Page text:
The Golden Spike is the easiest, and for many people, the first AP award that they earn. It is designed to demonstrate familiarity with different areas of the hobby, rather than expertise in a particular area. So take a look at the requirements - you may find that you have met most, or all of them already.
Here's the Golden Spike Award Application Form . Use it as a checklist, you may surprise yourself.
Notice that the requirement is to "display" them. Nowhere does it say that they must earn a minimum number of points in judging - just that they must be displayed. ( In the monthly contests at your division meetings, for example. Even having them set out on your layout, or a table in your basement counts as "display").
These models need to show a little more effort than a "shake the box" kit. For example, by itself a freight car kit straight out of the box, is not enough to qualify. However, by painting and decaling it, adding a little detailing, perhaps some weathering, etc., you'll have a qualifying model in no time!
Again, there is no requirement about how good or how elaborate your layout must be - just that you must "construct" it. On the other hand, you may have trouble convincing someone that a loop of track nailed to a piece of green painted wood constitutes a "layout" . . . How much is 8 square feet of layout? Well, a typical module is 4 feet by 2 feet, and would easily satisfy this requirement.
The same comments apply here about the type of kits. The idea is to show that you can do more than glue a simple plastic kit together. Painting or weathering are good things to consider. Remember that "structures" aren't just buildings. Things like bridges and trestles also fall into this category.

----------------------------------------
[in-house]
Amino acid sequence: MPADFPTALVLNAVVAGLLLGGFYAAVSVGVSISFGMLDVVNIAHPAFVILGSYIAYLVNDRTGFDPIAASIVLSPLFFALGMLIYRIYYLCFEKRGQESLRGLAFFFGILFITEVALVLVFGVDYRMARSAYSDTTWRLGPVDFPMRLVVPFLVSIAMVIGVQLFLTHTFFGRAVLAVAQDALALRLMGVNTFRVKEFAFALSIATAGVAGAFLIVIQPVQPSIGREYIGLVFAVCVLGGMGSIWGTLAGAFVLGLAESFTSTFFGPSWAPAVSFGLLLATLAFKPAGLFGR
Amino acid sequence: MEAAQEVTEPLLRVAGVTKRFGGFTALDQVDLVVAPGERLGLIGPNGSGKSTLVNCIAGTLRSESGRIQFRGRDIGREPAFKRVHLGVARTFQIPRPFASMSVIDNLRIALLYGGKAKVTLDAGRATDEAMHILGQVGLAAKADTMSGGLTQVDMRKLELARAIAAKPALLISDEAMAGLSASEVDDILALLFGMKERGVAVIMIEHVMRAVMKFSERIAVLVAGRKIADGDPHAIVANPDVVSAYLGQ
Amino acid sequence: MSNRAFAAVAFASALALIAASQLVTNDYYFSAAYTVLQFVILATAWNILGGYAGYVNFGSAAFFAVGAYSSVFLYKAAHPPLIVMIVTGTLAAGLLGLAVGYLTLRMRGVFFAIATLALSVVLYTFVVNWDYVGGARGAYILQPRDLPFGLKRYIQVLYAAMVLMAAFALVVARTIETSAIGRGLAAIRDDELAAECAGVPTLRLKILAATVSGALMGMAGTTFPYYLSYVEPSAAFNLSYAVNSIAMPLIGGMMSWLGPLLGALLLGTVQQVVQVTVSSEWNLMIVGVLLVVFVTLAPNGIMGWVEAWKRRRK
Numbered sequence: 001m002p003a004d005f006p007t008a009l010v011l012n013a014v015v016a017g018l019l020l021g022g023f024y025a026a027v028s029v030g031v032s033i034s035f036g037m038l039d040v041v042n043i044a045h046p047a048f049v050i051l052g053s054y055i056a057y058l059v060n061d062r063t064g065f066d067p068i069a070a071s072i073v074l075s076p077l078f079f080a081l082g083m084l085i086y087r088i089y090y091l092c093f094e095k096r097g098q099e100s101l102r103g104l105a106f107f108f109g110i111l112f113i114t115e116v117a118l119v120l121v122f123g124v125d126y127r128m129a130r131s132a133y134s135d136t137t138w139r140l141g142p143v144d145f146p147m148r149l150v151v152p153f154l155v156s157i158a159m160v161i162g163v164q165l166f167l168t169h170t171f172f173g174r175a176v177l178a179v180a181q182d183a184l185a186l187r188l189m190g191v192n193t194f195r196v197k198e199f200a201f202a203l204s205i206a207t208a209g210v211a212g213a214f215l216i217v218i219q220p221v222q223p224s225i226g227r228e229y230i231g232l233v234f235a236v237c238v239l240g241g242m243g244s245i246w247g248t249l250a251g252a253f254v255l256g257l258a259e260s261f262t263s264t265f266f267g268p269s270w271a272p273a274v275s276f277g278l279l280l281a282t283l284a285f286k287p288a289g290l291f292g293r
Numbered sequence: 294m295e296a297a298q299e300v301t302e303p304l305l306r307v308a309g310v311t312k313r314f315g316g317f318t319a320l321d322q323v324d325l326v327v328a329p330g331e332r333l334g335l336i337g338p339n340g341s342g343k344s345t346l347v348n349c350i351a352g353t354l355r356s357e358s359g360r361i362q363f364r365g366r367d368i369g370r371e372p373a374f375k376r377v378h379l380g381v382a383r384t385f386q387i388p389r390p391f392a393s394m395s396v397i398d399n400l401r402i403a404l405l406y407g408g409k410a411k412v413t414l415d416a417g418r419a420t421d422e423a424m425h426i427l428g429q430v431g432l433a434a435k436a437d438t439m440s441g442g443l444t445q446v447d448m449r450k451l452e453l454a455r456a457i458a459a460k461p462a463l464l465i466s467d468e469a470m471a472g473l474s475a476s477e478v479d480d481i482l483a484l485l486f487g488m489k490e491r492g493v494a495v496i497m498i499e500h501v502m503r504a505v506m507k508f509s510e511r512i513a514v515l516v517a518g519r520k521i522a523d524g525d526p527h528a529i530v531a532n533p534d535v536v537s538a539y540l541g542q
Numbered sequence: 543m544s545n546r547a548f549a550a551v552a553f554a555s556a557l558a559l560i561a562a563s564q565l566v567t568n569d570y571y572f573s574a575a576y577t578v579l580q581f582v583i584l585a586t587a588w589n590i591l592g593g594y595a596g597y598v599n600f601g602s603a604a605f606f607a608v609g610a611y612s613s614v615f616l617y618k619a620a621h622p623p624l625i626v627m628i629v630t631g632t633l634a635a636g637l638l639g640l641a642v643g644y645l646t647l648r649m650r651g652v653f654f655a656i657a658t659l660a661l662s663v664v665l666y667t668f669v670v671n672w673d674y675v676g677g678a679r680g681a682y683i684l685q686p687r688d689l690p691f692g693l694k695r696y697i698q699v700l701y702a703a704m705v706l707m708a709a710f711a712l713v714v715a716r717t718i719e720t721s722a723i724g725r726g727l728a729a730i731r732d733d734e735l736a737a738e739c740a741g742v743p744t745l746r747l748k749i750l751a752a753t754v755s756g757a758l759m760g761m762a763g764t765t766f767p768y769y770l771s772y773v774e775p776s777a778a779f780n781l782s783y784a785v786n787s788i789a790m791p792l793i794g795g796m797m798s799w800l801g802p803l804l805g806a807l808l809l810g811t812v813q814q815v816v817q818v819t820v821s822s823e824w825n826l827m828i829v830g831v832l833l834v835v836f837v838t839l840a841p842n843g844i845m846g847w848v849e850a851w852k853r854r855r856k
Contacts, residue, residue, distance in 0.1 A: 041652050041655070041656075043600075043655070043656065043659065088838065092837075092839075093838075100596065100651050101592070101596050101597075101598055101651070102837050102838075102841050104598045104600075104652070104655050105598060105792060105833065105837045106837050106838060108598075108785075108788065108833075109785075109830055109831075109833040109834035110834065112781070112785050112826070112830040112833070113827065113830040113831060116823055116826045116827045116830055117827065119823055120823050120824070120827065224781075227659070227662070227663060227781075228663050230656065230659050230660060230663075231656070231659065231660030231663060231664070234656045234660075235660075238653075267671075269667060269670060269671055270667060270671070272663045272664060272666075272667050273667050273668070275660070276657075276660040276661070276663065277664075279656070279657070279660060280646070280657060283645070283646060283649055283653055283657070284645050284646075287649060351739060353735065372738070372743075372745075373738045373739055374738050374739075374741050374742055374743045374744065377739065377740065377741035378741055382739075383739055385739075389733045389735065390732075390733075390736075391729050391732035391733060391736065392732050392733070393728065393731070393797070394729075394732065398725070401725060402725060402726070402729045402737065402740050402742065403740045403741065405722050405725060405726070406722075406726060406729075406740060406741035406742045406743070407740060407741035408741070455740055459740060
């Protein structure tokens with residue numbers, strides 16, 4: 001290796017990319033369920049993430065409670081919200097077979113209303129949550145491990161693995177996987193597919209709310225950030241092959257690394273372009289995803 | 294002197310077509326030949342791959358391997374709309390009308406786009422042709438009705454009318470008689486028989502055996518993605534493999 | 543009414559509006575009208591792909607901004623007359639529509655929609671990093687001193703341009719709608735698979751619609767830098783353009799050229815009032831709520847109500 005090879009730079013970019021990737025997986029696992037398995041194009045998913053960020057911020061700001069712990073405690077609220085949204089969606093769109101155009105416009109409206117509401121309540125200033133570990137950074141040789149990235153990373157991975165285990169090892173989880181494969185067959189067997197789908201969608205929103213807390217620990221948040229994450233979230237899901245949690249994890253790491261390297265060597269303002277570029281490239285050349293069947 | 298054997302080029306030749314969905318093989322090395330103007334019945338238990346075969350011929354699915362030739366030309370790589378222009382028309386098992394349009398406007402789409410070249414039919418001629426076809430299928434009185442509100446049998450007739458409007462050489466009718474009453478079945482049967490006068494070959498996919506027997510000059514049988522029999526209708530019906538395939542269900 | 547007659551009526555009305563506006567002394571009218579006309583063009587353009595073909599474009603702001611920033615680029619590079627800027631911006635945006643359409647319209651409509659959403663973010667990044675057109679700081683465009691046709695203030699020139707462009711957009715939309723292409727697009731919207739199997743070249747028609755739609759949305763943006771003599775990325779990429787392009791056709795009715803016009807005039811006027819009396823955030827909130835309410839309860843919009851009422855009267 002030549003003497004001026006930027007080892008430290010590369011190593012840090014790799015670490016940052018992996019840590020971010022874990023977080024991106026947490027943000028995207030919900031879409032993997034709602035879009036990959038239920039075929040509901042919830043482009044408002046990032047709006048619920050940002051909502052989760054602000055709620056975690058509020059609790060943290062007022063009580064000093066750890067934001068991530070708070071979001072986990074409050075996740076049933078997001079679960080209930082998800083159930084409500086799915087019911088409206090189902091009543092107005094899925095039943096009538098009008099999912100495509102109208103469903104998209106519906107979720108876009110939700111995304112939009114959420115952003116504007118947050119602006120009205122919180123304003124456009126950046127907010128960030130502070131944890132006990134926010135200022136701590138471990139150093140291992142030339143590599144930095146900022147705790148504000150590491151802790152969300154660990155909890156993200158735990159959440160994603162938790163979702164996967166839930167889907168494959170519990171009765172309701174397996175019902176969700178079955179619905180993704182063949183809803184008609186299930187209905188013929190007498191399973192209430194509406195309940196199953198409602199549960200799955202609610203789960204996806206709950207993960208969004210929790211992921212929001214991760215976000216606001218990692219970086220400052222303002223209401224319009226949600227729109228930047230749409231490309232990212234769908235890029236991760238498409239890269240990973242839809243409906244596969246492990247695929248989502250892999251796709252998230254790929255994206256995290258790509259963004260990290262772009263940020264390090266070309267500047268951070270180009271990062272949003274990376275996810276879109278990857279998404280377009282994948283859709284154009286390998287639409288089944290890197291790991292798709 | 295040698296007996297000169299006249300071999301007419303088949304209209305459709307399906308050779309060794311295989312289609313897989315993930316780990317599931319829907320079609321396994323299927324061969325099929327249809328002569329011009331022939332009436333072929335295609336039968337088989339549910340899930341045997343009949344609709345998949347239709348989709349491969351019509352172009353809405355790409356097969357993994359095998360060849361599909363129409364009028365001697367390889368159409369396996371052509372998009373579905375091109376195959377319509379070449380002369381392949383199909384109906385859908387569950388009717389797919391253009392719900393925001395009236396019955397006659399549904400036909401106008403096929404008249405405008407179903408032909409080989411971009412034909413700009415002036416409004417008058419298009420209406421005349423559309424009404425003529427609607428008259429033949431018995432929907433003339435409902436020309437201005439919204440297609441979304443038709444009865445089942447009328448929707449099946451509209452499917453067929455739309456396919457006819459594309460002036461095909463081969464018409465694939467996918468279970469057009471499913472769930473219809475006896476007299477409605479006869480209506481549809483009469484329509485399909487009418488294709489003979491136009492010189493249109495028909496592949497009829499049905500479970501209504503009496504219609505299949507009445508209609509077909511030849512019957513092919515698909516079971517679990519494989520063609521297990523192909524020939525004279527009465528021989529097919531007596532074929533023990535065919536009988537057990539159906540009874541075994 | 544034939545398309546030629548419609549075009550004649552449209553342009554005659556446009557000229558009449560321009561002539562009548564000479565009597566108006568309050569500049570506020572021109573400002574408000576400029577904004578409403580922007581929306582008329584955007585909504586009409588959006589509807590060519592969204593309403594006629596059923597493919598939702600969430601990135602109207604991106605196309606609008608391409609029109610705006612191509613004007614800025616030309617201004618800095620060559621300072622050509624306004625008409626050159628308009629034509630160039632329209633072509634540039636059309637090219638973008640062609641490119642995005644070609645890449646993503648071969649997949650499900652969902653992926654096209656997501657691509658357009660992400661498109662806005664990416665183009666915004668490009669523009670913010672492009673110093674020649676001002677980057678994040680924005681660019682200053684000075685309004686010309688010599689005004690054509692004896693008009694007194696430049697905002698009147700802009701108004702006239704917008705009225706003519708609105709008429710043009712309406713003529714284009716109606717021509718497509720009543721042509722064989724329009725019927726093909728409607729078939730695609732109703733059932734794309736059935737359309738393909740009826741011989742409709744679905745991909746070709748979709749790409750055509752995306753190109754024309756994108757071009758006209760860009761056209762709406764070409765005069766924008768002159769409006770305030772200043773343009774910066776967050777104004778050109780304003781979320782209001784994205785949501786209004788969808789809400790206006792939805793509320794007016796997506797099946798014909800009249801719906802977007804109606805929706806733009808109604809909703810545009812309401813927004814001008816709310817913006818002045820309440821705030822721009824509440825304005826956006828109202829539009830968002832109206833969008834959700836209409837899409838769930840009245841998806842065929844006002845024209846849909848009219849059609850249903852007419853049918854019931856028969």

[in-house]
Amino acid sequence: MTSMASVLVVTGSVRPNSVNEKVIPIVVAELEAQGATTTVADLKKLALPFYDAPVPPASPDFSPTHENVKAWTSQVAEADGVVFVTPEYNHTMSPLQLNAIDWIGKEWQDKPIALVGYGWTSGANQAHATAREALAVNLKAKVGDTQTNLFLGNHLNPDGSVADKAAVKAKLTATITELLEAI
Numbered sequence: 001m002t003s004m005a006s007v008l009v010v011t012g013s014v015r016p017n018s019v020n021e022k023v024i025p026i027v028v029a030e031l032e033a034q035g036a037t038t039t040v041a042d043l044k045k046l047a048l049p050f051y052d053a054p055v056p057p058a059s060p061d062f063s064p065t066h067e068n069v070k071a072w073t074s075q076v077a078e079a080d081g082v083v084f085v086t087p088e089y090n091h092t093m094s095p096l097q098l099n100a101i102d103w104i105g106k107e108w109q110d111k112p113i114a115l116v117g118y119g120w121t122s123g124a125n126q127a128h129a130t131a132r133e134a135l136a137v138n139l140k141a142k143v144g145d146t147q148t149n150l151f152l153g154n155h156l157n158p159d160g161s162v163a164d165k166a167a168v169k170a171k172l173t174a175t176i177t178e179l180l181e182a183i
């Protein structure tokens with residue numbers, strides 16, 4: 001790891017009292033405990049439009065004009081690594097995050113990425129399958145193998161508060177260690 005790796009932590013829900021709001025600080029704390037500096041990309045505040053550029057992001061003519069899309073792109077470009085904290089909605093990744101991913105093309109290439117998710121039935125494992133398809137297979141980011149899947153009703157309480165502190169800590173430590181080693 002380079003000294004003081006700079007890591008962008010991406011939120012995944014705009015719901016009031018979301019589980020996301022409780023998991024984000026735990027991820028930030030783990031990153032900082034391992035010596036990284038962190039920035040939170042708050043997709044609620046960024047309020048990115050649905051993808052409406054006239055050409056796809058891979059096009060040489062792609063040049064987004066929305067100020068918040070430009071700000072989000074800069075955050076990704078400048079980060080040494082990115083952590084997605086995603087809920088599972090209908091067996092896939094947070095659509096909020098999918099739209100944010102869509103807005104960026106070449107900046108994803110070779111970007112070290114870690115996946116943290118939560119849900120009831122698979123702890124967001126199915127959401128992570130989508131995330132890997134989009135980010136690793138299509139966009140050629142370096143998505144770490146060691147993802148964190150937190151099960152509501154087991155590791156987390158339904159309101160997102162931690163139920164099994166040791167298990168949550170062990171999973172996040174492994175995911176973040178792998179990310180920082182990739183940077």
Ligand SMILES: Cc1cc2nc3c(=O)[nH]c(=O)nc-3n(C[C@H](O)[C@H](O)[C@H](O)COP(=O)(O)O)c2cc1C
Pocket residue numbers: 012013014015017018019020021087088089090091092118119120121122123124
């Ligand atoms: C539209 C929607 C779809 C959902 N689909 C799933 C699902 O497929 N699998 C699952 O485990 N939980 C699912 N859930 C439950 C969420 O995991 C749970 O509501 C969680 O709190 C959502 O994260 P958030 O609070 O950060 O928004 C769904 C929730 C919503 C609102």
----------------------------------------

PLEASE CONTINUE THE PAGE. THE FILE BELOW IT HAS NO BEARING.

This requirement sounds a lot harder than it is. First, notice that last sentence about commercial trackage; you don't have to hand-lay anything - you can just install a store bought turnout. "Types of trackage" can be just about anything: turnouts, crossings, and grade elevation (a change in elevation of the track) are all examples of "types of trackage". Also, note that the three types DO NOT have to be different. For example, just having three simple turnouts will qualify. The "proper roadbed" requirement can be met by laying the track on a raised roadbed, ( such as cork ) and ballasting it. The purpose of this requirement is to show that you understand roadbed profile, drainage, etc.
This requirement can also be easier than it sounds. Notice the option for a single track main with sidings. This means that as long as you can cut power to the sidings individually, you can run one train, park it on a siding while you run another, then park it and run the first again. This meets the requirement.
Don't read more into this than is there. A powered turnout can be something as simple as an Atlas turnout with a switch machine. Think in terms of anything that runs off the 'Accessories' terminals of a power pack and you 're half way there.
One other thing to remember: Not all of these requirements need to be met on the same layout (or piece of layout). They don't even need to be met in the same scale! If you want to build G scale rolling stock, an N scale Model Railroad setting, and an HO scale layout for trackage and wiring, go ahead.
Also, the Golden Spike, as well as the other parts of the AP have a certain amount of flexibility. For example, suppose you and your (friend / spouse / child) work together on all your projects, but do twice the required amount (12+ units of rolling stock, 16+ square feet of layout, 10+ structures, etc.). You can both be considered, as long as you can show that you have each demonstrated the required skills.
Contact National Achievement Program General Manager, Paul Richardson, MMR achiev [at] nmra.org, or your Region or Division Achievement Program Manager for more information.
Forms available for this award: